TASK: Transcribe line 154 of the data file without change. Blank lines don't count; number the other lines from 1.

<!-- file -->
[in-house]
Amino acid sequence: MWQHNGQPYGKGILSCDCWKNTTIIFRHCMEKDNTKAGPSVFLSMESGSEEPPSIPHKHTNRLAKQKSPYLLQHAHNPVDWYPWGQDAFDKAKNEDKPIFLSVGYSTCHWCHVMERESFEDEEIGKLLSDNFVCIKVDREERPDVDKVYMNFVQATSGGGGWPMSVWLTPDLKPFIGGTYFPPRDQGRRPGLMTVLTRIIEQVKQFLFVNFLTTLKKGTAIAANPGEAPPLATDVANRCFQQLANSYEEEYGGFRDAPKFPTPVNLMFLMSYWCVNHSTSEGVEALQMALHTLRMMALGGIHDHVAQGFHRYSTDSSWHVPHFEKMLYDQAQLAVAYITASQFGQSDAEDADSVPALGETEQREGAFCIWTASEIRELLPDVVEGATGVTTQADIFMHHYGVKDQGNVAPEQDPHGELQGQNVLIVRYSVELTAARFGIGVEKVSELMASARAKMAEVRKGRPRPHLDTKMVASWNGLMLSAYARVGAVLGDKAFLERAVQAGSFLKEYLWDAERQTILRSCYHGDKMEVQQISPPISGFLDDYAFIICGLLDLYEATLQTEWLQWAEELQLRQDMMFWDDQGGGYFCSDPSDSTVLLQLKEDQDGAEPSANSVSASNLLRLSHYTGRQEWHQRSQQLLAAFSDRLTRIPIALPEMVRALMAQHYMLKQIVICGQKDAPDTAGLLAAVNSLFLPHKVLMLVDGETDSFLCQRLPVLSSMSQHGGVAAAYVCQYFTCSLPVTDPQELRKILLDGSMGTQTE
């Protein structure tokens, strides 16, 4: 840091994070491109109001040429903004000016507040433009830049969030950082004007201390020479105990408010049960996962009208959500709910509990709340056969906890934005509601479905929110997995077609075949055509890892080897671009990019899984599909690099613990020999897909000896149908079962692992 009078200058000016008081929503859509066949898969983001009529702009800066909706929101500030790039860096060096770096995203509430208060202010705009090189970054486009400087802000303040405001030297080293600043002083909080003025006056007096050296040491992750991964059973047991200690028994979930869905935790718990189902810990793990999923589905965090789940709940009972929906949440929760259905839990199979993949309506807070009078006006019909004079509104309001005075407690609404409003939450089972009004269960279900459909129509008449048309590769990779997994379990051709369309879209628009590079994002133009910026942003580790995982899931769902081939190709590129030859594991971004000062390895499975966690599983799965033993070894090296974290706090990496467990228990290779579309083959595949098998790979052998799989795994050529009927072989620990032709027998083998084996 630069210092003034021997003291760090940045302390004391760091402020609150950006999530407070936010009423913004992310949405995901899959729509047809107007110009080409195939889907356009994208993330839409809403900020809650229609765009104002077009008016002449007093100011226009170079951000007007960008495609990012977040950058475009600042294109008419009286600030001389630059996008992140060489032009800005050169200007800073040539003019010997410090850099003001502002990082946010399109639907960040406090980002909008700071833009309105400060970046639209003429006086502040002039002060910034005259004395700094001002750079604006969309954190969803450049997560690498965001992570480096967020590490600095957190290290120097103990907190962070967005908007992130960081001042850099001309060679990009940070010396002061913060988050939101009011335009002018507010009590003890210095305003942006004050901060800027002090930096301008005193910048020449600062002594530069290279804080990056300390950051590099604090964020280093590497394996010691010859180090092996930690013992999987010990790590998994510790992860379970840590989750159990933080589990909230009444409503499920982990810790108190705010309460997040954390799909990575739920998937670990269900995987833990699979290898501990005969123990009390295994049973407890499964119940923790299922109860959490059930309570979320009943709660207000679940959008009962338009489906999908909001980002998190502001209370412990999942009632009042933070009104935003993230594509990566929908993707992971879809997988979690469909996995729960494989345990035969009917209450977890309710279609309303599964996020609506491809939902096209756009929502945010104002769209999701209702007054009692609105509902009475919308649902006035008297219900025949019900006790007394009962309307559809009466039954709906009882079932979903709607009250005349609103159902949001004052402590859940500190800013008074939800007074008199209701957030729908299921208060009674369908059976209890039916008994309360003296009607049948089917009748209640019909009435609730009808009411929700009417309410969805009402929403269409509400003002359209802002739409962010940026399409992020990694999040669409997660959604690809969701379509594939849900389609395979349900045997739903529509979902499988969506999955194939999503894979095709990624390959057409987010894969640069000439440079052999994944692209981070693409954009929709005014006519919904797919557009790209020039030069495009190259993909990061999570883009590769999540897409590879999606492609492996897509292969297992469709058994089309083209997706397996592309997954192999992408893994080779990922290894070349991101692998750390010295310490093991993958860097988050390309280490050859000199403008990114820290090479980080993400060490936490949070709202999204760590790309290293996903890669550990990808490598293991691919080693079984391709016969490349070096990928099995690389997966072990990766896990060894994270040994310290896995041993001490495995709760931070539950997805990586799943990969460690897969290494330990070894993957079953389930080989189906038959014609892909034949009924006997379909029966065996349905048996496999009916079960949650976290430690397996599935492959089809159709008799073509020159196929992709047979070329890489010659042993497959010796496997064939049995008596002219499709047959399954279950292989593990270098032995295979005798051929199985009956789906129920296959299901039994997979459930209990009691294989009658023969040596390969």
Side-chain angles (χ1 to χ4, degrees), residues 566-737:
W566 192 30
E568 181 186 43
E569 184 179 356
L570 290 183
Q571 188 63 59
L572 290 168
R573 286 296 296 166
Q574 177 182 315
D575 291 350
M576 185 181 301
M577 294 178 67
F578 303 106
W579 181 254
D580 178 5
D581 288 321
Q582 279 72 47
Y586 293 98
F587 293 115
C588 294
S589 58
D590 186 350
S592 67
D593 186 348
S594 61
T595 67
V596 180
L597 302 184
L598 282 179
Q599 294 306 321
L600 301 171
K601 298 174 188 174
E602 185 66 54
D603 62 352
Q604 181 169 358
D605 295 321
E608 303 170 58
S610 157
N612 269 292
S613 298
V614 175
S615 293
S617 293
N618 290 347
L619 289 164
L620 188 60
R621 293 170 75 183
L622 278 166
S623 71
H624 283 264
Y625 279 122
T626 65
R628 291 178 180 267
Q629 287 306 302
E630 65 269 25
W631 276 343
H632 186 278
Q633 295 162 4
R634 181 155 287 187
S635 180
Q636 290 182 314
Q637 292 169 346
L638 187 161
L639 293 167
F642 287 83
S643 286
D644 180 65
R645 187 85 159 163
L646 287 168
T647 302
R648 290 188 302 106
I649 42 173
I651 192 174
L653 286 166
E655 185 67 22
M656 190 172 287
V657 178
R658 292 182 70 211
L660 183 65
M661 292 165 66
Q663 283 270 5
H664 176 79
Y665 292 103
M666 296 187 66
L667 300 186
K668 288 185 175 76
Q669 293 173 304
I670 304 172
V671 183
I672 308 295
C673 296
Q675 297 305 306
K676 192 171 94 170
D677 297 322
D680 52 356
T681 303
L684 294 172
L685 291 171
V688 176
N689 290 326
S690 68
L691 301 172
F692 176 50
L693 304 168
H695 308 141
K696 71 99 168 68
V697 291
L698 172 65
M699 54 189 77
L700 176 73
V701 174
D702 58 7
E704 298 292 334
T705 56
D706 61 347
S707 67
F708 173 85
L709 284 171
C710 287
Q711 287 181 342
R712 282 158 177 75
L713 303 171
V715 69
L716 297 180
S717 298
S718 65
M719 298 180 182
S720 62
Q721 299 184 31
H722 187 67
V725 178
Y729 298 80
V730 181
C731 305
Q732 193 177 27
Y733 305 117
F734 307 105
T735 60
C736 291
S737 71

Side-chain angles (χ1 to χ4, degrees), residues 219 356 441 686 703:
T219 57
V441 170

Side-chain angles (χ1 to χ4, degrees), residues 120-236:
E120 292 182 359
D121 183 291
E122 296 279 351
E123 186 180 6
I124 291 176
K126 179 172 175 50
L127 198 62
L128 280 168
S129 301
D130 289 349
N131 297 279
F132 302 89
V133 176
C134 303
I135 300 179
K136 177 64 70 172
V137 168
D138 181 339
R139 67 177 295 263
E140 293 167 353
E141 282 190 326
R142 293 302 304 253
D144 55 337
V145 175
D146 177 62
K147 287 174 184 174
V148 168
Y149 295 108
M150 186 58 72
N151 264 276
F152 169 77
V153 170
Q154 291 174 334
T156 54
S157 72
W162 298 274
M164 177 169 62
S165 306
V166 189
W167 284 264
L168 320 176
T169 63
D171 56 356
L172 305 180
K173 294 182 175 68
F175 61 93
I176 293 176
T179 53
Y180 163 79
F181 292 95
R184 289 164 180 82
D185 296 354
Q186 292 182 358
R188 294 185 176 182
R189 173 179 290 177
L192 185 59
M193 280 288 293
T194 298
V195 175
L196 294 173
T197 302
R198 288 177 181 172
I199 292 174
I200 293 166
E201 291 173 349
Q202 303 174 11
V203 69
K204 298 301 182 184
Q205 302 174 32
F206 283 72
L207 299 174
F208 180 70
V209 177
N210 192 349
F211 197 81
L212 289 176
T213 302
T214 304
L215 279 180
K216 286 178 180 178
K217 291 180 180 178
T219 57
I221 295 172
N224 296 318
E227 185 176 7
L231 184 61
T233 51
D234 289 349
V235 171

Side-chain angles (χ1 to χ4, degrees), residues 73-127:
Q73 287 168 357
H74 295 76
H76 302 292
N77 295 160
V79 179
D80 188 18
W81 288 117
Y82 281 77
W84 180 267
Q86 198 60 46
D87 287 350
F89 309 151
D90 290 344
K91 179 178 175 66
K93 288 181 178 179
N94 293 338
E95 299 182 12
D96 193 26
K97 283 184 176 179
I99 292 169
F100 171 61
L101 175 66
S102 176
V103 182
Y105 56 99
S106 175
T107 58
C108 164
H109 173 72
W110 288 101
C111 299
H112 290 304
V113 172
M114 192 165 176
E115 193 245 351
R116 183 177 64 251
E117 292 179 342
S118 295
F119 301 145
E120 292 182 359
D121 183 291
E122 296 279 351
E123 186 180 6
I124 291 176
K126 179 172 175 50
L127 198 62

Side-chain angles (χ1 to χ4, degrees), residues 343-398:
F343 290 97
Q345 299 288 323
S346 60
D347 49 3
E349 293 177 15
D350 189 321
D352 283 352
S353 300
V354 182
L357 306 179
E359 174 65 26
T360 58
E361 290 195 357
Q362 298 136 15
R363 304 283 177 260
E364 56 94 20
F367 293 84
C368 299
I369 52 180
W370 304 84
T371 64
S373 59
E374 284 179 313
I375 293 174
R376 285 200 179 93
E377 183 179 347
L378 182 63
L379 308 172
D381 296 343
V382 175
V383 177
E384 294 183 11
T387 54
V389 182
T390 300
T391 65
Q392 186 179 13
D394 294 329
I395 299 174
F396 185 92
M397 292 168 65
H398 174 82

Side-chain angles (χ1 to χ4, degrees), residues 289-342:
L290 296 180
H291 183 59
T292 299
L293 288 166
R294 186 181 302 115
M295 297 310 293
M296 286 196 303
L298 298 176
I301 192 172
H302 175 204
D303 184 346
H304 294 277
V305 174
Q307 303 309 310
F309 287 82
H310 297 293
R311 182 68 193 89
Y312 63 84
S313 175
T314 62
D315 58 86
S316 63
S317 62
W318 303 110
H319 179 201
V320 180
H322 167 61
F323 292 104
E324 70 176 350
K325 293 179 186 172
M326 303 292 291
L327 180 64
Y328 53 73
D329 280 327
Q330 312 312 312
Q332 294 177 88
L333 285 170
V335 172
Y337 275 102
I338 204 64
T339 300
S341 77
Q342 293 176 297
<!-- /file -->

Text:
L127 198 62